Sunday, June 26, 2011

Stop Making Sense

I am sitting at my drawing table this morning and pondering the end of the world. It is an odd hobby.

I am also wondering about what to paint this week. As I sit and ruminate by my window I feel the chill breeze of the morning on my skin. I hear the sounds of my neighbor emptying her dishwasher -- the unmistakable clatter of stacking plates and the chiming of glasses as they casually bump into each other. Yesterday, the cottonwood seeds were floating through my backyard like lazy snowflakes. Their numbers were so immense that it actually did seem like snow and a layer was accumulating on the lawn. Yesterday I also ate a wild strawberry from my yard. Unfortunately, it was more about texture than about taste. My mind has wondered... I am supposed to be thinking of something to paint, something that will trigger thoughts of the end of the world. But there's the rub, thoughts aren't part of the end of the world. Thoughts and associations and dreams and experience are part of this side of the Great Divide. Instead of painting and thinking about the senselessness of the end, I was busy making sense of the moment.

A glance out my window provides the subject for painting - a spiderwort plant in full bloom. I throw on some shorts and head out to cut a segment off and put it in a vase. Again, I feel the chill breeze on my naked upper torso and neck. My hair goes on end.  I feel the wet dewy grass underneath my feet and the smell of rain is in the air. I select, I clip, I place and I draw.

My friend mentioned to me that nothing ends, it simply becomes something else.  That may be true in terms of that which can be physically explained.  But what happens to our experience?  What happens to the simple act of sensing, if one does not have senses?  I do not know what happens on the other side.  But I am pretty sure I will not be sitting at a table, observing a spiderwort, enjoying the smell of eraser shavings (have you ever noticed the smell of eraser shavings?), feeling the texture of the paper with my fingertips and a morning breeze on my skin.  What is beauty without the senses?

Like my thoughts, a spiderwort is an angular thing that zigs and zags back and forth from one plant segment, or node, to another.  Creating a composition out of these scattering energies is a challenge.  I feel what is vertical in essence, seems horizontal in representation. Cropping and editing diminishes the overall effect of this plant.  A part cannot represent the whole because the plant is about the perpendicular relationship of its parts.  How does one work with so much information and condense it into a representation of the whole?  How can one possibly make sense of it?

On the second day of painting, my spiderwort has already diminished to the point that I need to cut another. Again, I feel the breeze on my body.  It is another day threatening to rain.  I select, I clip, I place and I paint.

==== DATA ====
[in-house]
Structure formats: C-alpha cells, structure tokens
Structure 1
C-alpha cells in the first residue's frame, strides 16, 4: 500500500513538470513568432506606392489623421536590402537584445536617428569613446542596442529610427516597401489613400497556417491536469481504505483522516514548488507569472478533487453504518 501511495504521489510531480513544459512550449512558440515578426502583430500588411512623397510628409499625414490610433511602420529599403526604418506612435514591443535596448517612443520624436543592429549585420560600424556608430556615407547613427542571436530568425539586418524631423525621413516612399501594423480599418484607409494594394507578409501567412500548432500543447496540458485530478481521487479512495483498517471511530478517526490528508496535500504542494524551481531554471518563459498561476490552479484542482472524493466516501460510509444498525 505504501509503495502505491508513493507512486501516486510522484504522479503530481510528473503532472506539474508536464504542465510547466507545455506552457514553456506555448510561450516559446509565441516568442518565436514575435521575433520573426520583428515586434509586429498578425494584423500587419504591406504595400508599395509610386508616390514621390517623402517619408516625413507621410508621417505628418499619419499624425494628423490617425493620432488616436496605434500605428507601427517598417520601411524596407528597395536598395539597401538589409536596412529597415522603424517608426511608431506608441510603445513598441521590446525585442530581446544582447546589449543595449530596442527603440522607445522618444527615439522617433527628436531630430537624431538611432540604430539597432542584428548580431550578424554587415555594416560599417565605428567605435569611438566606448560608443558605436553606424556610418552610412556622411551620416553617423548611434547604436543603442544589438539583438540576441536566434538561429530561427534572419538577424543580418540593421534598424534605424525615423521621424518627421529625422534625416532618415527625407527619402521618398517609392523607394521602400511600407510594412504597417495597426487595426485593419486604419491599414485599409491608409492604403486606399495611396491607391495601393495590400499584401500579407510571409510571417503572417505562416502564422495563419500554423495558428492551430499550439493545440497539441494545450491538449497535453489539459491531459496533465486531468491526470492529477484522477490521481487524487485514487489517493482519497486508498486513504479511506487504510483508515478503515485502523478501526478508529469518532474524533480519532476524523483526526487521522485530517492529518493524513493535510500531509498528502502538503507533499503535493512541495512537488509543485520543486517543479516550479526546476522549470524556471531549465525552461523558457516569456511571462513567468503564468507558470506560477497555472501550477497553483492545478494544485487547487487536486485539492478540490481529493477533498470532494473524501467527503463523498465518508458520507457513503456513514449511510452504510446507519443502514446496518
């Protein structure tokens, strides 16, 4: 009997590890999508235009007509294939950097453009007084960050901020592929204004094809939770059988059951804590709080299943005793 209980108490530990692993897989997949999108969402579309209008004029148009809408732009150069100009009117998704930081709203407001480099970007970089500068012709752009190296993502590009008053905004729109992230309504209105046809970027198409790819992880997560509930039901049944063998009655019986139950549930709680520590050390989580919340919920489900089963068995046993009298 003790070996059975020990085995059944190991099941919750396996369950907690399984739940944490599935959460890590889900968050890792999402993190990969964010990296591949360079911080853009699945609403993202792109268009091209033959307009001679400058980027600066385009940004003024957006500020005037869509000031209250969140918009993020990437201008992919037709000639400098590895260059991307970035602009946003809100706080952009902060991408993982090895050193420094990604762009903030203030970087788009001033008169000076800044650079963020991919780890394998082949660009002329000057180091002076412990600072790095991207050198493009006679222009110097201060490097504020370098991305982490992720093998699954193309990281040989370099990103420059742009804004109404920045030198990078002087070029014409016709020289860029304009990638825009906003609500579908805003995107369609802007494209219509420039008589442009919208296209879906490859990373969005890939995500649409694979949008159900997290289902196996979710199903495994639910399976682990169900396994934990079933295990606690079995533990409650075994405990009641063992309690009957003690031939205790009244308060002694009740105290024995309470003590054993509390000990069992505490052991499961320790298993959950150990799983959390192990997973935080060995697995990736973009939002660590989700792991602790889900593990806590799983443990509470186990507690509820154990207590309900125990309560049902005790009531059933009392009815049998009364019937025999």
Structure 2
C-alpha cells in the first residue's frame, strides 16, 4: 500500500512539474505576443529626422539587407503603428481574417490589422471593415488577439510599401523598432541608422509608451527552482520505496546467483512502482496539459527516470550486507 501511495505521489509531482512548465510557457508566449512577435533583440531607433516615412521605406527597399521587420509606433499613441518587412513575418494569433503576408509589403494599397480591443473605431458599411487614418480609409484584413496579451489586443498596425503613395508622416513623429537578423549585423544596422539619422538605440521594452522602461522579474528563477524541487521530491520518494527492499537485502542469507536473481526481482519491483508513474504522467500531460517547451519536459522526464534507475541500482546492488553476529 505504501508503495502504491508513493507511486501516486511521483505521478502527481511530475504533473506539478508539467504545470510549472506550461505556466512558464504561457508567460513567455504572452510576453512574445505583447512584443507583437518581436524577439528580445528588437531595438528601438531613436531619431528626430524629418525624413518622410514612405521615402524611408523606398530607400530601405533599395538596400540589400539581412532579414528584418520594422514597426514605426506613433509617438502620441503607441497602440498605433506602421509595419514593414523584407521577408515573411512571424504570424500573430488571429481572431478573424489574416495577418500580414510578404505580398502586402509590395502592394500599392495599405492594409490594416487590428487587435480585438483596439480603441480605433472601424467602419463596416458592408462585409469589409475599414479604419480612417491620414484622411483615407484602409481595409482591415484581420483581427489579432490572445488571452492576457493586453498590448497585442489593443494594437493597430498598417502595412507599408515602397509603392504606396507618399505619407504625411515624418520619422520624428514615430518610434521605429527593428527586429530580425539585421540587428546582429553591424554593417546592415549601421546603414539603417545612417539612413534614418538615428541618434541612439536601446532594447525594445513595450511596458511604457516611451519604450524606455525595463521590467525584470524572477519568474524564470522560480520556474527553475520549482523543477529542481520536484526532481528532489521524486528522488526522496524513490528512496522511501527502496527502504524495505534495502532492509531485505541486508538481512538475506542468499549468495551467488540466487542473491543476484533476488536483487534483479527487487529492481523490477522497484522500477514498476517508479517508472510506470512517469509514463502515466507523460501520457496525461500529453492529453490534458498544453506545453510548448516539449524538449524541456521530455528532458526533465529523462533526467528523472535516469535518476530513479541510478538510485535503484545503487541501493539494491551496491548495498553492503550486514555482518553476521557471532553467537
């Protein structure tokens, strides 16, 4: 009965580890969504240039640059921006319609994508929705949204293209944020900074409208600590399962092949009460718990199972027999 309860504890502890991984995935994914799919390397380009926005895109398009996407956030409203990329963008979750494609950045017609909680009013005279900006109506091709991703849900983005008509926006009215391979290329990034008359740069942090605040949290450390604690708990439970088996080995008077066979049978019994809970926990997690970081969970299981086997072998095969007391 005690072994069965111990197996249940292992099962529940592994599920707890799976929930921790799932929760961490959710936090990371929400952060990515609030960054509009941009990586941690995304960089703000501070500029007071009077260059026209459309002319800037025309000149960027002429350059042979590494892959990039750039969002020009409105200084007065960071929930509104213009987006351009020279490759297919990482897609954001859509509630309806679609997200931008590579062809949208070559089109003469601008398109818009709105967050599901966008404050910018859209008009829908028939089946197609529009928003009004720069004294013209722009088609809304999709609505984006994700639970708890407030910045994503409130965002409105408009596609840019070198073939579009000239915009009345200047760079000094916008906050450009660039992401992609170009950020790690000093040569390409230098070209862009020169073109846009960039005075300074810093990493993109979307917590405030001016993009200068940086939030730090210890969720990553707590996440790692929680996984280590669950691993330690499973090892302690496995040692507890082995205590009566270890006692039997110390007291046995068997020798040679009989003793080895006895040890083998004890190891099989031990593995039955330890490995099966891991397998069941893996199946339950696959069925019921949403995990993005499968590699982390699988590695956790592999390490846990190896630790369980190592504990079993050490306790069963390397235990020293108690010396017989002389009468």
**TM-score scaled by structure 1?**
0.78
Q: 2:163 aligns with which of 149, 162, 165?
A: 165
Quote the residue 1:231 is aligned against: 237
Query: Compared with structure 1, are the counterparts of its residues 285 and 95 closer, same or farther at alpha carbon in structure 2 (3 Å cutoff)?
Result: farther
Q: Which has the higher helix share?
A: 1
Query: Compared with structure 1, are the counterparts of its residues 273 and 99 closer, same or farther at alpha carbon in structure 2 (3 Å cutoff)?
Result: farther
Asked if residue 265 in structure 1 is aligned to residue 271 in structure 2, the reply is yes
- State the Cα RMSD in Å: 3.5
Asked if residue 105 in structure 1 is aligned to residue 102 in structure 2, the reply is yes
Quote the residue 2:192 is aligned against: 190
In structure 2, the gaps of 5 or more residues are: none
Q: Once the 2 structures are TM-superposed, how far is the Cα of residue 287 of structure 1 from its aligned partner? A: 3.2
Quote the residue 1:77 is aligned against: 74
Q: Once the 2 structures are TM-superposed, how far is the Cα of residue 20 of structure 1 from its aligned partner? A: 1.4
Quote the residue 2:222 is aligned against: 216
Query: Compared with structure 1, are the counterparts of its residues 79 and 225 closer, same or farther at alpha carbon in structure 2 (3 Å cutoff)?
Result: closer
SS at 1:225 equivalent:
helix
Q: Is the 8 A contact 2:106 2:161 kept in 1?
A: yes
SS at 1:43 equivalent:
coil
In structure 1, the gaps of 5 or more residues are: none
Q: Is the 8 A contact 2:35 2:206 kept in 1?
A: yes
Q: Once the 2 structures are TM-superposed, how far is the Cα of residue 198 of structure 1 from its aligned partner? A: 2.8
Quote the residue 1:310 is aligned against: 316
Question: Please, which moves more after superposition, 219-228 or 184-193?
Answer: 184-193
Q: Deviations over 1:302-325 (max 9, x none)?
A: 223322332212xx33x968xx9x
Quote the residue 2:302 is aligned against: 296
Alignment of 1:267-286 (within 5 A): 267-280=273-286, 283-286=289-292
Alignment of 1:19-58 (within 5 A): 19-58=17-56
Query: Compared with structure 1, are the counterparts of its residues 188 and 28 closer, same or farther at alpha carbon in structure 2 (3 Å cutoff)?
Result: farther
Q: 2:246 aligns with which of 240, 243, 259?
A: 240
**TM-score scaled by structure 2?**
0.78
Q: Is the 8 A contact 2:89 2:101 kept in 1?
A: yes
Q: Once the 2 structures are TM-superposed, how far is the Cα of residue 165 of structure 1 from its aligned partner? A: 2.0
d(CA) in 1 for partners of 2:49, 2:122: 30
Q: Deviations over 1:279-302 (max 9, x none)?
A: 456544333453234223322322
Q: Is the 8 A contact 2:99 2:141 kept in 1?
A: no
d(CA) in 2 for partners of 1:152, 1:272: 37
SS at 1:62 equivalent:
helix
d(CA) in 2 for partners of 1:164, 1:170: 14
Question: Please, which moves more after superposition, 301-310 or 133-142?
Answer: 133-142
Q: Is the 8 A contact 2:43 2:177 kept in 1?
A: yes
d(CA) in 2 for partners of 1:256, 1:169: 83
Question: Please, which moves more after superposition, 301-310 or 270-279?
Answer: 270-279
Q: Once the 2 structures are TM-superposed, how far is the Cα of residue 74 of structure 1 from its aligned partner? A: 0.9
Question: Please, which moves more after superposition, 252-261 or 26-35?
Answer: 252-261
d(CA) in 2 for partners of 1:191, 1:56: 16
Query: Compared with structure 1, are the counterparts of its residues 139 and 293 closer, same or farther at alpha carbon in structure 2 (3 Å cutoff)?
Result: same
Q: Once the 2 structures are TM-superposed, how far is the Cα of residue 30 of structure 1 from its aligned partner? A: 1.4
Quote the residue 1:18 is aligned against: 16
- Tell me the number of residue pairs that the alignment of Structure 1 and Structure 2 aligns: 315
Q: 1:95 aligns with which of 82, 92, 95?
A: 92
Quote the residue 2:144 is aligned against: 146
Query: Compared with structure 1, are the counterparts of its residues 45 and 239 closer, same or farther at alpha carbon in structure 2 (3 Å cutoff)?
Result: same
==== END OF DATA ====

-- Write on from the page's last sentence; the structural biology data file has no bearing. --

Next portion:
I went for a run yesterday.  I alternate mornings of painting and running but think about the end of the world while doing both.  My body hit a rhythm for the first time since I have started this ritual.  Although it was work, it was easy. I felt the air fill my lungs and my feet pounding on the sidewalk.  I ran under a tree and its wet leaves touched the top of my head.  A cold wetness sits on top of my head for another half a block.  I think, once the world ends this will no longer happen, there will no longer be someone interpreting sensory experience. We are the one's on the planet that accelerate learning and evolution by giving meaning to experience.  Soon, no one will be placing experience in an order that makes sense, that supports all of this to become more. This decay has already begun.

One day, we will stop using our eyes, our noses, our fingers, our skin, our tongues and our ears.  What will a world be like without the foundation on which all decisions, learnings and associations have been made?  I hope there will be a benefit when we stop making sense.

I look out my window, it has begun to rain.

Warning Mask Collaboration

While up at Mallard Island earlier this summer, I worked with Mike Peterson of Madison, WI.  There is a corner of the eave of the Library where tall people can hit their head if they are not careful.  Don, the Big Cheese, asked that a ribbon or something be placed there.  I decided to do something more.  I sketched a face on some tin and cut it out with tin snips.  I then handed the mask and some paint to Mike, who was doing painting jobs during the week.  He painted the blue and yellow/orange and white on the mask.  Once it was dry, which took quite a long time, I drew the details of the face with a permanent marker.  Mike then added the jingle bells while I created a tongue.  Once complete, I mounted it in place.

This was a fun project working with Mike Peterson and doing something that might at least help some people not hit their head on this overhanging eave.  Thanks, Mike.

Sunday, June 19, 2011

Final Resting Places

This first week of painting while being mindful of the end of the earth, I decided to finish an old painting I had begun over a year ago.  It is a watercolor of a wild ginger plant (previous entries about this painting can be seen here: